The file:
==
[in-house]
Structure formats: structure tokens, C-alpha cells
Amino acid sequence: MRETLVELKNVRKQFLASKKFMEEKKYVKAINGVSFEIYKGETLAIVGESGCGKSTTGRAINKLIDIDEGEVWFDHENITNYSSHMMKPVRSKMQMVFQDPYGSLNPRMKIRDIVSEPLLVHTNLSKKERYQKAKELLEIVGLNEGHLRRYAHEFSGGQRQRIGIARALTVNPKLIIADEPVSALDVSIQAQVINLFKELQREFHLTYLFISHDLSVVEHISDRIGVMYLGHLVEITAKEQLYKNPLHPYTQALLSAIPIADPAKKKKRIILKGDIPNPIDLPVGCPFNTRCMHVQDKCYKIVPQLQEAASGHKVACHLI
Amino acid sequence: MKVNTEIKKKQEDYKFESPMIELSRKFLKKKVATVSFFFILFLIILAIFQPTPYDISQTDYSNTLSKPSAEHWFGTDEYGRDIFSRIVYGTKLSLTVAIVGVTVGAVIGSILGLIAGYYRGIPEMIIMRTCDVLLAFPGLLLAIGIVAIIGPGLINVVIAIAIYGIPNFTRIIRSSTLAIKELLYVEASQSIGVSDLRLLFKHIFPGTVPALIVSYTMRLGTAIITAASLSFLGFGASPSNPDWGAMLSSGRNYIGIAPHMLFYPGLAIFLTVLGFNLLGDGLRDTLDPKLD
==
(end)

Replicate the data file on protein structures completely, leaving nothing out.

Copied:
[in-house]
Structure formats: structure tokens, C-alpha cells
Amino acid sequence: MRETLVELKNVRKQFLASKKFMEEKKYVKAINGVSFEIYKGETLAIVGESGCGKSTTGRAINKLIDIDEGEVWFDHENITNYSSHMMKPVRSKMQMVFQDPYGSLNPRMKIRDIVSEPLLVHTNLSKKERYQKAKELLEIVGLNEGHLRRYAHEFSGGQRQRIGIARALTVNPKLIIADEPVSALDVSIQAQVINLFKELQREFHLTYLFISHDLSVVEHISDRIGVMYLGHLVEITAKEQLYKNPLHPYTQALLSAIPIADPAKKKKRIILKGDIPNPIDLPVGCPFNTRCMHVQDKCYKIVPQLQEAASGHKVACHLI
Amino acid sequence: MKVNTEIKKKQEDYKFESPMIELSRKFLKKKVATVSFFFILFLIILAIFQPTPYDISQTDYSNTLSKPSAEHWFGTDEYGRDIFSRIVYGTKLSLTVAIVGVTVGAVIGSILGLIAGYYRGIPEMIIMRTCDVLLAFPGLLLAIGIVAIIGPGLINVVIAIAIYGIPNFTRIIRSSTLAIKELLYVEASQSIGVSDLRLLFKHIFPGTVPALIVSYTMRLGTAIITAASLSFLGFGASPSNPDWGAMLSSGRNYIGIAPHMLFYPGLAIFLTVLGFNLLGDGLRDTLDPKLD